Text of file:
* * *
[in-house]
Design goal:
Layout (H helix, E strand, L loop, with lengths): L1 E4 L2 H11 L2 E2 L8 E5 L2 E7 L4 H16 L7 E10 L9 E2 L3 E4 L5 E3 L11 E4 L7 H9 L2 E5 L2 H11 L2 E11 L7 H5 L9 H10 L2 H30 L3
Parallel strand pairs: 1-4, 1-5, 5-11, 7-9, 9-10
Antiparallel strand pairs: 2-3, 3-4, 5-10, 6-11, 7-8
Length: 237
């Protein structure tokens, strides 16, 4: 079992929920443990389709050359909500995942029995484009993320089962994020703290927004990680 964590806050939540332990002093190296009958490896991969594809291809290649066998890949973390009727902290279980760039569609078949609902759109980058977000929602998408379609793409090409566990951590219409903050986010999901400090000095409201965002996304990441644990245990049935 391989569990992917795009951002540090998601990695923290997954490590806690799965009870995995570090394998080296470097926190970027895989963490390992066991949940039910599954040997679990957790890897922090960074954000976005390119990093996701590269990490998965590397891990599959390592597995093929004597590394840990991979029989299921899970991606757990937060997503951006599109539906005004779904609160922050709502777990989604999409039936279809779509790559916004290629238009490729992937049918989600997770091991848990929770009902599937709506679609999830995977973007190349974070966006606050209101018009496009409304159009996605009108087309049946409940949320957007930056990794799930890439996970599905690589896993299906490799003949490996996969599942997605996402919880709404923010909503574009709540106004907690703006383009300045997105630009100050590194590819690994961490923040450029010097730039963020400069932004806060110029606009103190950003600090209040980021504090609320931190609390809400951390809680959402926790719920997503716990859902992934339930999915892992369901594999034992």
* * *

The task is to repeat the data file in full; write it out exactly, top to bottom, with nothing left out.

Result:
[in-house]
Design goal:
Layout (H helix, E strand, L loop, with lengths): L1 E4 L2 H11 L2 E2 L8 E5 L2 E7 L4 H16 L7 E10 L9 E2 L3 E4 L5 E3 L11 E4 L7 H9 L2 E5 L2 H11 L2 E11 L7 H5 L9 H10 L2 H30 L3
Parallel strand pairs: 1-4, 1-5, 5-11, 7-9, 9-10
Antiparallel strand pairs: 2-3, 3-4, 5-10, 6-11, 7-8
Length: 237
């Protein structure tokens, strides 16, 4: 079992929920443990389709050359909500995942029995484009993320089962994020703290927004990680 964590806050939540332990002093190296009958490896991969594809291809290649066998890949973390009727902290279980760039569609078949609902759109980058977000929602998408379609793409090409566990951590219409903050986010999901400090000095409201965002996304990441644990245990049935 391989569990992917795009951002540090998601990695923290997954490590806690799965009870995995570090394998080296470097926190970027895989963490390992066991949940039910599954040997679990957790890897922090960074954000976005390119990093996701590269990490998965590397891990599959390592597995093929004597590394840990991979029989299921899970991606757990937060997503951006599109539906005004779904609160922050709502777990989604999409039936279809779509790559916004290629238009490729992937049918989600997770091991848990929770009902599937709506679609999830995977973007190349974070966006606050209101018009496009409304159009996605009108087309049946409940949320957007930056990794799930890439996970599905690589896993299906490799003949490996996969599942997605996402919880709404923010909503574009709540106004907690703006383009300045997105630009100050590194590819690994961490923040450029010097730039963020400069932004806060110029606009103190950003600090209040980021504090609320931190609390809400951390809680959402926790719920997503716990859902992934339930999915892992369901594999034992």